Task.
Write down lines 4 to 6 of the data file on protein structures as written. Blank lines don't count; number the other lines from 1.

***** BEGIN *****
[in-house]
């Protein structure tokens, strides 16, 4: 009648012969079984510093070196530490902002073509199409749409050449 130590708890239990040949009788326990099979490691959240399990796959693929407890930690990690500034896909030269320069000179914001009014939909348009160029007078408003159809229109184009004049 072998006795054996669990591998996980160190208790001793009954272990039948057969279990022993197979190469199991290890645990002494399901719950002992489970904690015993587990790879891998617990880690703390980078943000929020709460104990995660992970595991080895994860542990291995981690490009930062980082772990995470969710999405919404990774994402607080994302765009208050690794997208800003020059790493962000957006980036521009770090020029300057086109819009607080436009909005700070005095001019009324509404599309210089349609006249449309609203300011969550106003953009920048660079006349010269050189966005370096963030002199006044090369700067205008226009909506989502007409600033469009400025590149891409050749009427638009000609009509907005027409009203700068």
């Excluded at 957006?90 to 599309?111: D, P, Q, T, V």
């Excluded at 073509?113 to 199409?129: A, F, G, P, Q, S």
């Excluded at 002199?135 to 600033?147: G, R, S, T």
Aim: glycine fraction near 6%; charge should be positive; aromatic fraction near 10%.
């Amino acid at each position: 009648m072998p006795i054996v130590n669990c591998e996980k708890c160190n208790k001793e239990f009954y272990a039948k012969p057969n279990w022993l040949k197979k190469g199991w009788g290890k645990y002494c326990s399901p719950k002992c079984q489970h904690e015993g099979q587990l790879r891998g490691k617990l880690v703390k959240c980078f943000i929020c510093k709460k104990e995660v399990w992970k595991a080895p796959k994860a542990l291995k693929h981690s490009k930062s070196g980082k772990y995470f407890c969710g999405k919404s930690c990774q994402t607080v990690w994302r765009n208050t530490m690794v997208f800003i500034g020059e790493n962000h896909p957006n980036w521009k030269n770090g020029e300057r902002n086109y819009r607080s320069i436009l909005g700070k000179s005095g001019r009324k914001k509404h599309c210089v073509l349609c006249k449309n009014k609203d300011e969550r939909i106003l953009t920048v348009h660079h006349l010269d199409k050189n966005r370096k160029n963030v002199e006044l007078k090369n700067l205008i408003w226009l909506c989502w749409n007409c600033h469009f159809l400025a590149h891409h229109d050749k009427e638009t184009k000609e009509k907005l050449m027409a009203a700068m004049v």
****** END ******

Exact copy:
């Excluded at 073509?113 to 199409?129: A, F, G, P, Q, S």
């Excluded at 002199?135 to 600033?147: G, R, S, T």
Aim: glycine fraction near 6%; charge should be positive; aromatic fraction near 10%.